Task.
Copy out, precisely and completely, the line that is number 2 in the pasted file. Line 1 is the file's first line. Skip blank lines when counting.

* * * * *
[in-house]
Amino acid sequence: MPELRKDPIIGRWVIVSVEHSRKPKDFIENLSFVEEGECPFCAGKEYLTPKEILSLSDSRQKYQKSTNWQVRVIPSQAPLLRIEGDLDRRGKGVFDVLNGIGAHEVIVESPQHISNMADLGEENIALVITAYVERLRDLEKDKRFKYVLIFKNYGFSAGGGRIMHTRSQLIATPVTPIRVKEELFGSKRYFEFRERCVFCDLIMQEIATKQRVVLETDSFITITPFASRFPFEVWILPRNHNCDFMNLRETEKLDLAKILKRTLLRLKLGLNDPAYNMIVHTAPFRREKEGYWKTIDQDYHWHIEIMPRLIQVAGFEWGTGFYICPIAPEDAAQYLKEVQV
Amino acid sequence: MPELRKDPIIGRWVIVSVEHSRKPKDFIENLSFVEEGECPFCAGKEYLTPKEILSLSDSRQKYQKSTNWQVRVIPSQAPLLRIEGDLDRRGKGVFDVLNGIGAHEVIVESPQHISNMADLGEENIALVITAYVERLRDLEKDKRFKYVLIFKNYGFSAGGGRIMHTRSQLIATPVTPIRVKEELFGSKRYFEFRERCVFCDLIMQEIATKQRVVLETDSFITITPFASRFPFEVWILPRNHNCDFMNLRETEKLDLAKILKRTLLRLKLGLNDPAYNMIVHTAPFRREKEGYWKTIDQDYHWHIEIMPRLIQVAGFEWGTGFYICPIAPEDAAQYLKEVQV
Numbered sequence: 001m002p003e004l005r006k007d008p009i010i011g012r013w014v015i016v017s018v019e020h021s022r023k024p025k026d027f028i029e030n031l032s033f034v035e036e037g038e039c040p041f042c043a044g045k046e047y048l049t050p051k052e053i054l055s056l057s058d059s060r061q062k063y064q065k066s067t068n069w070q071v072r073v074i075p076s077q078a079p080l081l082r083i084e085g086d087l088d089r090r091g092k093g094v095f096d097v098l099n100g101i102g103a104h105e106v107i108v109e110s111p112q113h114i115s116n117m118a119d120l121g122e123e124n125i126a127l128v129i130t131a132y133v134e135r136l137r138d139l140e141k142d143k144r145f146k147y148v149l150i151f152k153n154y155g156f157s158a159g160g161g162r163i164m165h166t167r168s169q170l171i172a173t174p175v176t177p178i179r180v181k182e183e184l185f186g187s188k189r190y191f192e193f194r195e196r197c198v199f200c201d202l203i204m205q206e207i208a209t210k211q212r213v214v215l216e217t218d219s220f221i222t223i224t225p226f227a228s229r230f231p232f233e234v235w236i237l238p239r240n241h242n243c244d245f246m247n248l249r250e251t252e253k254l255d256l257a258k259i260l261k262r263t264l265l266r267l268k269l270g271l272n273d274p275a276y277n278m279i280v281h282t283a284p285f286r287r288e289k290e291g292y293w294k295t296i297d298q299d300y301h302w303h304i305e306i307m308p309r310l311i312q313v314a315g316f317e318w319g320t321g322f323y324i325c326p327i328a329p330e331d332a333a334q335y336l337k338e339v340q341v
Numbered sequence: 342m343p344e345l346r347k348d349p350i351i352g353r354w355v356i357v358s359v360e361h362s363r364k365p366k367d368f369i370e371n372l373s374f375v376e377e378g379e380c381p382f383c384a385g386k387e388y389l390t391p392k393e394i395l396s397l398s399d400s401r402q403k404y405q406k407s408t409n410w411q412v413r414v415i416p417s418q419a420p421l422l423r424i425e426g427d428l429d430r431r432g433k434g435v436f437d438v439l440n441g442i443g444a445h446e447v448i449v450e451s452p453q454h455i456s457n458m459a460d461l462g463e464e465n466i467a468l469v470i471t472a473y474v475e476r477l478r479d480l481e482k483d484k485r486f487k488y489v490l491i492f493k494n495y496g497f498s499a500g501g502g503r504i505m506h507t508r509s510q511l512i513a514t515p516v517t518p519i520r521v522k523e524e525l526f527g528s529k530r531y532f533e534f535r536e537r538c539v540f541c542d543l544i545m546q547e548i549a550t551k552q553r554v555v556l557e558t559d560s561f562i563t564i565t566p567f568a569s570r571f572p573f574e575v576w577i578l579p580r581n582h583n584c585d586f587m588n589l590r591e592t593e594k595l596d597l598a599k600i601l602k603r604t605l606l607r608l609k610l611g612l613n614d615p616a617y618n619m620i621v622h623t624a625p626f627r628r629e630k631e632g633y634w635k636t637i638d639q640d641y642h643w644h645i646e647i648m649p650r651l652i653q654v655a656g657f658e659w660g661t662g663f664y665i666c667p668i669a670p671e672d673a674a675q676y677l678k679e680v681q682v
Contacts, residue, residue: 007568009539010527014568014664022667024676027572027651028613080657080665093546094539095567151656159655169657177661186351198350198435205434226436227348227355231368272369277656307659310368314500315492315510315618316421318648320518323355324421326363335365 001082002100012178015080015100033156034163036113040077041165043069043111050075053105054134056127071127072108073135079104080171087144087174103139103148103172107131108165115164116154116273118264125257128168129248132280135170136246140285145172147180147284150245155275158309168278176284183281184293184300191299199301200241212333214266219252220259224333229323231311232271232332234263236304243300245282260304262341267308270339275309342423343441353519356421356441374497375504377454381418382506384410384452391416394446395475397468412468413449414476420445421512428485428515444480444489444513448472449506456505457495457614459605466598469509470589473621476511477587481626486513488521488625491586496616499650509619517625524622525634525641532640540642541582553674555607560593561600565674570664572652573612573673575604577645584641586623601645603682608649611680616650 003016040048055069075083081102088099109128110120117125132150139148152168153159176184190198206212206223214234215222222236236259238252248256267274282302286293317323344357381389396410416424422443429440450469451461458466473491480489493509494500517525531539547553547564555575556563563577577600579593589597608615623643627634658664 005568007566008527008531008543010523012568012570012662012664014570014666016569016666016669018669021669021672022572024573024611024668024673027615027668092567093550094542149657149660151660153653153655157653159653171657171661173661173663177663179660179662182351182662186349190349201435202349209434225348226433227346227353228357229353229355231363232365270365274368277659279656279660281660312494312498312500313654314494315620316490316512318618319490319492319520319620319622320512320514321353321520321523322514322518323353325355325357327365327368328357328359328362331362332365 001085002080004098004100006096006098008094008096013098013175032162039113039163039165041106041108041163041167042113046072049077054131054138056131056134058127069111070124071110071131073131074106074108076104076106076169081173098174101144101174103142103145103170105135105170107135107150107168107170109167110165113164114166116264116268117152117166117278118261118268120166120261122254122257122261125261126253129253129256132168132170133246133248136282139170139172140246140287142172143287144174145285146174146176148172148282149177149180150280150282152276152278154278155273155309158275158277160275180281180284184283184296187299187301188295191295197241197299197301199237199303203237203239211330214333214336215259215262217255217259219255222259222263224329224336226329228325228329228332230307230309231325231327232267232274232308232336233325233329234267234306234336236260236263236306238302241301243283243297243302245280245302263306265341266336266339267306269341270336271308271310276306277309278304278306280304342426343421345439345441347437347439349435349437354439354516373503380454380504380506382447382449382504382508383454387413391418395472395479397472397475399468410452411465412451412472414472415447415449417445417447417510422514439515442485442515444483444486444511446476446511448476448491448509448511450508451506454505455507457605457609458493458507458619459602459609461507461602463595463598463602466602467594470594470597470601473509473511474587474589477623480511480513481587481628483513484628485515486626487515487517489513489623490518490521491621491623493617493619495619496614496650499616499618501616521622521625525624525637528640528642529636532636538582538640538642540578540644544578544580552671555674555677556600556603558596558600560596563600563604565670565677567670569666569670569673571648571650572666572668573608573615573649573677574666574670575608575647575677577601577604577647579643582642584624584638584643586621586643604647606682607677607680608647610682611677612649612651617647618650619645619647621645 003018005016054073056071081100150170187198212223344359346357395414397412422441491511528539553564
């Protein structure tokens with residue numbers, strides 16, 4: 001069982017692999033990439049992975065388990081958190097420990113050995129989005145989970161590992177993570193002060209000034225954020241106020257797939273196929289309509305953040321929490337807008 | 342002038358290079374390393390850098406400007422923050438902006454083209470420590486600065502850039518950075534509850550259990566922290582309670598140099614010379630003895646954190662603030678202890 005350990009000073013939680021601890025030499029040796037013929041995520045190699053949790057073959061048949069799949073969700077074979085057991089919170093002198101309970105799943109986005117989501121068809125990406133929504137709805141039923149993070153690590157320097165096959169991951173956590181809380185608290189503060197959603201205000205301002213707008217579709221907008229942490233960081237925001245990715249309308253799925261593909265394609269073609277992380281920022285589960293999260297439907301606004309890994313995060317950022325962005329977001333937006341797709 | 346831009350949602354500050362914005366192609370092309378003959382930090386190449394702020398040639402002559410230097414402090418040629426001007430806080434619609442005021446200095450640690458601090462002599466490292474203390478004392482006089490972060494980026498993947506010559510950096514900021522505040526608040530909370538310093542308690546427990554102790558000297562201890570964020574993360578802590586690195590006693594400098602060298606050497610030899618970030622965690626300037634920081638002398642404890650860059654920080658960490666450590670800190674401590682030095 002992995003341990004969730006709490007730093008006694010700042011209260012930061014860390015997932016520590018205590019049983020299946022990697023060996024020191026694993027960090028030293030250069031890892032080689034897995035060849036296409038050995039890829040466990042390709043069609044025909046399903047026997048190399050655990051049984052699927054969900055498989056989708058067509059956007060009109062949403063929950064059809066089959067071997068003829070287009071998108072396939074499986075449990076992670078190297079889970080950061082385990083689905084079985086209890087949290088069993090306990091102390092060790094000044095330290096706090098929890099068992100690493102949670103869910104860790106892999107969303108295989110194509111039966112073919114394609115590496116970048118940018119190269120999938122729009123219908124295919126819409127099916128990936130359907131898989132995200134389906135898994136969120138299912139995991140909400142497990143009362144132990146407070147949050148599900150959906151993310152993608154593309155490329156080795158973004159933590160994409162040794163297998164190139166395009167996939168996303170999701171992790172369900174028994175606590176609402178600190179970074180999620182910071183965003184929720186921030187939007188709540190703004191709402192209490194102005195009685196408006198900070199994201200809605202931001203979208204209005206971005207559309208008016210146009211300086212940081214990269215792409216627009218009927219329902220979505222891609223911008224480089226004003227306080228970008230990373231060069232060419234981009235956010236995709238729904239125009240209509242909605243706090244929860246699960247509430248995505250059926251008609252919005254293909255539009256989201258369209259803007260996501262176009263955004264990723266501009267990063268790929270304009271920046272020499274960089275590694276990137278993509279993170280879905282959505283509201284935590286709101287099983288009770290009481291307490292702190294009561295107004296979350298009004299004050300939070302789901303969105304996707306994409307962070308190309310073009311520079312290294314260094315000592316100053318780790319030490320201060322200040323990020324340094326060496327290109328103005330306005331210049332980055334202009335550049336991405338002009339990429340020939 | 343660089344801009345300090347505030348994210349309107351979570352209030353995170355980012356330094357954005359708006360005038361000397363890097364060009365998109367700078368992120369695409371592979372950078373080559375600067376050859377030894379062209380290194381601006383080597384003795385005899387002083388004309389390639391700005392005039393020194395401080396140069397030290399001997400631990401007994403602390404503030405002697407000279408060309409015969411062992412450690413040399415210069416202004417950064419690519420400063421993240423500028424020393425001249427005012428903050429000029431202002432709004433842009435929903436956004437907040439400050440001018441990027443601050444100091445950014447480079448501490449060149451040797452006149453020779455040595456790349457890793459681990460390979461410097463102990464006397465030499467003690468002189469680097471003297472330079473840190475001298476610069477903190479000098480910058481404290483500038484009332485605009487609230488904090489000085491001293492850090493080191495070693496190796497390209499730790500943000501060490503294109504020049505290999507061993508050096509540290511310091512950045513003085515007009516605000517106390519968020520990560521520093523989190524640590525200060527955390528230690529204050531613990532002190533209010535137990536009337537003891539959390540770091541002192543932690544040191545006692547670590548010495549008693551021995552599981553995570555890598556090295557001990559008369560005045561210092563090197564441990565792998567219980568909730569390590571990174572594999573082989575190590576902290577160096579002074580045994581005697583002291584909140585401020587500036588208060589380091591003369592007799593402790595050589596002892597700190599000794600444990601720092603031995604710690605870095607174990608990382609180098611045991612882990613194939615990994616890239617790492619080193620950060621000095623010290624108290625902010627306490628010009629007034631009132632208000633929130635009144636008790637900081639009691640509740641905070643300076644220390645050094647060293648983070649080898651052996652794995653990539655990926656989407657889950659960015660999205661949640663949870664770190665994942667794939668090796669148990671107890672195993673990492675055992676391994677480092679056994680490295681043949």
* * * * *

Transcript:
Amino acid sequence: MPELRKDPIIGRWVIVSVEHSRKPKDFIENLSFVEEGECPFCAGKEYLTPKEILSLSDSRQKYQKSTNWQVRVIPSQAPLLRIEGDLDRRGKGVFDVLNGIGAHEVIVESPQHISNMADLGEENIALVITAYVERLRDLEKDKRFKYVLIFKNYGFSAGGGRIMHTRSQLIATPVTPIRVKEELFGSKRYFEFRERCVFCDLIMQEIATKQRVVLETDSFITITPFASRFPFEVWILPRNHNCDFMNLRETEKLDLAKILKRTLLRLKLGLNDPAYNMIVHTAPFRREKEGYWKTIDQDYHWHIEIMPRLIQVAGFEWGTGFYICPIAPEDAAQYLKEVQV